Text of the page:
By TROY McCLELLAN
As 2019 drew to a close, the United States moved one step closer to launching US astronauts from our own soil. As the first hints of light began to spread across the cool Florida sky, the Boeing Starliner space capsule, atop a United Launch Alliance Atlas V, roared to life. This was an important unmanned test of a private company’s launch vehicle that will provide commercial crew access to low earth orbit.
The very reliable Atlas V rocket performed as expected; however, the rocket engine on the Boeing Starliner failed to perform an orbital insertion burn to set a course to rendezvous with the International Space Station. This error resulted in Starliner’s reaching a stable orbit, but [it] would not have the ability to reach the ISS. NASA’s administrator, Jim Bridenstine, did his best to describe the test as a valuable milepost in the development of the commercial crew program. Bridenstine stated that a lot of information will still be gathered on how Starliner performed during launch and in Earth orbit. Crucial data on Starliner’s reentry and landing in the New Mexico desert will be collected to ensure the safety of future crews’ ability to return home.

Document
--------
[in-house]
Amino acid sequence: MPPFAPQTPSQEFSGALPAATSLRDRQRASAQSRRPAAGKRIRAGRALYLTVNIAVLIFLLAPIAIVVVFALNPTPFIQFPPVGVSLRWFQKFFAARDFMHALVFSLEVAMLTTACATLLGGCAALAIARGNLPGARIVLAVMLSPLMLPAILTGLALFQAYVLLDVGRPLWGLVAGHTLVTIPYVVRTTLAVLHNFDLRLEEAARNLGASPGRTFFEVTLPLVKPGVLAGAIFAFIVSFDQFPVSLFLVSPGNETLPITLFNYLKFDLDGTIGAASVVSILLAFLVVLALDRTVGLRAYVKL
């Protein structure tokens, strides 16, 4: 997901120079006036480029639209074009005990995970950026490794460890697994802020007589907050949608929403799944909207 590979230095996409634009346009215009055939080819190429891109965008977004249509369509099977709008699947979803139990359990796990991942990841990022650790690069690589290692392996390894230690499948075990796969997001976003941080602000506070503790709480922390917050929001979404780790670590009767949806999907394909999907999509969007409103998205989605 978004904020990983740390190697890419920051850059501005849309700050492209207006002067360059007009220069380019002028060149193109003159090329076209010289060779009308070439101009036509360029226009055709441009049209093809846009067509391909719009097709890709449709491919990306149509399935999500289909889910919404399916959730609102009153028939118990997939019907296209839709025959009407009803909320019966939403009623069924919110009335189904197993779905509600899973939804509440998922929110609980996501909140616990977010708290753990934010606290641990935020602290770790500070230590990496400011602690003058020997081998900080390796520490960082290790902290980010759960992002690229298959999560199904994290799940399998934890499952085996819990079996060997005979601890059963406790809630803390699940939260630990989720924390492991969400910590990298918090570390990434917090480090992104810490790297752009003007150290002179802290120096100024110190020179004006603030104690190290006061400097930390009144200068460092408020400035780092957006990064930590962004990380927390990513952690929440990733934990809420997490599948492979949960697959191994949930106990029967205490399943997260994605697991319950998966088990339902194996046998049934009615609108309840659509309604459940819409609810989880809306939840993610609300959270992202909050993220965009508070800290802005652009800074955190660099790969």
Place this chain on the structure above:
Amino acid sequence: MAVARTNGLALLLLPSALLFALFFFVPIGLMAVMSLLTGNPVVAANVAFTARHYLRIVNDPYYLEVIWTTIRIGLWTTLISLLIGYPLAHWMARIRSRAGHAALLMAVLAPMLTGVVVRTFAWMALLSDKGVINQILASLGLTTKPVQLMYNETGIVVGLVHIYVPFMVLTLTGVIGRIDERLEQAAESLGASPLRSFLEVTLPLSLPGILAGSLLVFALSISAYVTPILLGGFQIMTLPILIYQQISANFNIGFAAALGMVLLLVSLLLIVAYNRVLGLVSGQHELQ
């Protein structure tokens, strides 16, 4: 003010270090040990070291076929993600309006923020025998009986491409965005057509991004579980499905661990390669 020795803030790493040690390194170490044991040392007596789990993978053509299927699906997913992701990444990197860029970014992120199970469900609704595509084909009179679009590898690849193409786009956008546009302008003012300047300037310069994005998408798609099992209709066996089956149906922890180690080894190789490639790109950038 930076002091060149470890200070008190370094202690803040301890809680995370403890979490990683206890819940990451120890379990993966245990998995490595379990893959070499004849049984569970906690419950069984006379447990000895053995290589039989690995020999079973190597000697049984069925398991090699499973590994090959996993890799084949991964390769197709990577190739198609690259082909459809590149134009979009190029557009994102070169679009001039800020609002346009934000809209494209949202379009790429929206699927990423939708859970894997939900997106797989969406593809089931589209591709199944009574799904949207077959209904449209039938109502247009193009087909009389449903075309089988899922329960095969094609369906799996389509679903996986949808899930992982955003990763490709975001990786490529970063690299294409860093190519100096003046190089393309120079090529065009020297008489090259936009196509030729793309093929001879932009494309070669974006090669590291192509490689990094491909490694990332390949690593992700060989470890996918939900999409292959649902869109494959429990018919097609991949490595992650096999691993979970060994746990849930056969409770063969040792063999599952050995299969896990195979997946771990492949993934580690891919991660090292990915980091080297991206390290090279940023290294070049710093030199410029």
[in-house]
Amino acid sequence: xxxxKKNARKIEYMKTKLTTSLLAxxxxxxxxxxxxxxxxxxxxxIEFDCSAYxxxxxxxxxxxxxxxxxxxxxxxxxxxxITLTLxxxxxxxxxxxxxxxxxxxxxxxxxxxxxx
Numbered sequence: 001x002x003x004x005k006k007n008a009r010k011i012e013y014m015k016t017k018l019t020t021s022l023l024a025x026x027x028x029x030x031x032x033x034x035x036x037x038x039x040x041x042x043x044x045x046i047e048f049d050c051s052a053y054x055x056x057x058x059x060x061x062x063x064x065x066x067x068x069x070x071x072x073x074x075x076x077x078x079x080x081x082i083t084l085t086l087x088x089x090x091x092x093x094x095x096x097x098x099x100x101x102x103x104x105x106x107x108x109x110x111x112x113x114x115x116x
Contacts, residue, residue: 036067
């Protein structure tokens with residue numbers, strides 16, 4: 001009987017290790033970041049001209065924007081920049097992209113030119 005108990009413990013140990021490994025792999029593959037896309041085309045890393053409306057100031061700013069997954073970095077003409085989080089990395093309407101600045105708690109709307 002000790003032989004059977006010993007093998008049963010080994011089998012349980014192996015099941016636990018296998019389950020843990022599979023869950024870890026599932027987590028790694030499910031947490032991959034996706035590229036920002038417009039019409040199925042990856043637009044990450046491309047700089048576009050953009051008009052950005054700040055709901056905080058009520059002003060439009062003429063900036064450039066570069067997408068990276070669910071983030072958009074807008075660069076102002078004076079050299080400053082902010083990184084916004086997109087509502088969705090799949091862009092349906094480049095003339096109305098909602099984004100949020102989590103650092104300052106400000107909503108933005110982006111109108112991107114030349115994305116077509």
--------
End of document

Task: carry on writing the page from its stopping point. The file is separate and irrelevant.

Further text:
This certainly is not the outcome that both Boeing and NASA were hoping for, but it is almost certain that our nation’s astronauts will be launching from the Kennedy Space sometime in 2020. Both Boeing and Space X are competing to be the first private company to send a crew into space. Kennedy Space Center is buzzing with activity again, and [its] future is looking bright.
Troy McClellan PHOTOS